Among the most spectacular manifestations of Aboriginal culture are the ceremonies and dances that are regularly performed in remote Outback Australia. There are cultural festivals like the yearly Sports and Cultural Festival in Barunga Aboriginal community near Katherine, but traditional dances are also often performed in the communities just for fun or celebration.
Lajamanu is a traditional Aboriginal community about 550 kilometres south west of Katherine on the edge of the Tanami Desert where its Warlpiri people strongly maintain their language and culture. This is illustrated here by the men singing a traditional "Yilpinyi" song cycle and dancing by both women and men. But as some of the men were employed in stock work, the Lajamanu Rodeo was a great success in the late seventies when these recordings were made.
Barunga, formerly Bamyili, is a community on Jawoyn land, about 80 kilometres east of Katherine; its community council also represents other traditional language groups: Dalabon (or Ngalkbon), Mayali and Rembarrnga from southern Arnhem Land. In the late seventies the "Bamyili Dancers" had acquired great fame and they were guests at the celebrations in Lajamanu when the Northern Territory achieved self-government on 1 July 1978. In 1985 the first Barunga Sports and Cultural Festival took place and this has grown over the years into one of the most important community festivals in regional Australia. There is sports, like football and boxing matches, and lots of informal traditional dancing as well, where everyone can join in.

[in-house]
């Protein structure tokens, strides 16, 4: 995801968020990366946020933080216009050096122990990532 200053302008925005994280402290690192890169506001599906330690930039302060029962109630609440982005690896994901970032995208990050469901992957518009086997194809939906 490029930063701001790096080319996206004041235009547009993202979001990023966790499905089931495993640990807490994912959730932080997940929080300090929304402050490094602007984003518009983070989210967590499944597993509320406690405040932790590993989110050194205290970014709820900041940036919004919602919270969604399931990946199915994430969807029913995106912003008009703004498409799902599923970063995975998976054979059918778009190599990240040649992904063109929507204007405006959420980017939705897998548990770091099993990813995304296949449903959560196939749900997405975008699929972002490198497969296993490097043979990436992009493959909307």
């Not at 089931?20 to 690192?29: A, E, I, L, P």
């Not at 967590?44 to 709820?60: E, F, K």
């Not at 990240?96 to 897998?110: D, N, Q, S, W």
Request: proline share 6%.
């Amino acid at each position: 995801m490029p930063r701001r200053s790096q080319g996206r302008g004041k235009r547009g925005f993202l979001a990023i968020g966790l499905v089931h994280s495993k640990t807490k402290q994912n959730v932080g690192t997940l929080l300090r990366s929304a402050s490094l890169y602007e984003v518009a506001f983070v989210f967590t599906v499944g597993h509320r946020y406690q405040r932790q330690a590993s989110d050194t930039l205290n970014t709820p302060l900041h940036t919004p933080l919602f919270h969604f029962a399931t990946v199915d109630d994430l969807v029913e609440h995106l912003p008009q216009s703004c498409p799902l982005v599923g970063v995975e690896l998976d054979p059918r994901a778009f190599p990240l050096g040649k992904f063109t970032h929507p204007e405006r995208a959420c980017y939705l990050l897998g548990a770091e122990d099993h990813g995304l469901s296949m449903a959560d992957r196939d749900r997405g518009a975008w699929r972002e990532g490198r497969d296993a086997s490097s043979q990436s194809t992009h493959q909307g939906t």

Borroloola, just south of the Gulf of Carpentaria; it is the centre of the Yanyuwa Aboriginal people. In the year 1943, during the Second World War, an American bomber crashed in country to the east and the crew was found by local people. This event is depicted in song and dance in the "Aeroplane Dance"; it was made into a film fifty years later. The first evening young boys could dance, while the sound was being recorded and the following day the men were filmed.
Walungurru (Kintore) is in the Territory's Far West, the land of the Pintubi people 530 kilometres west of Alice Springs near the Western Australian border. The women teach the young girls their ancient dances, in the school grounds.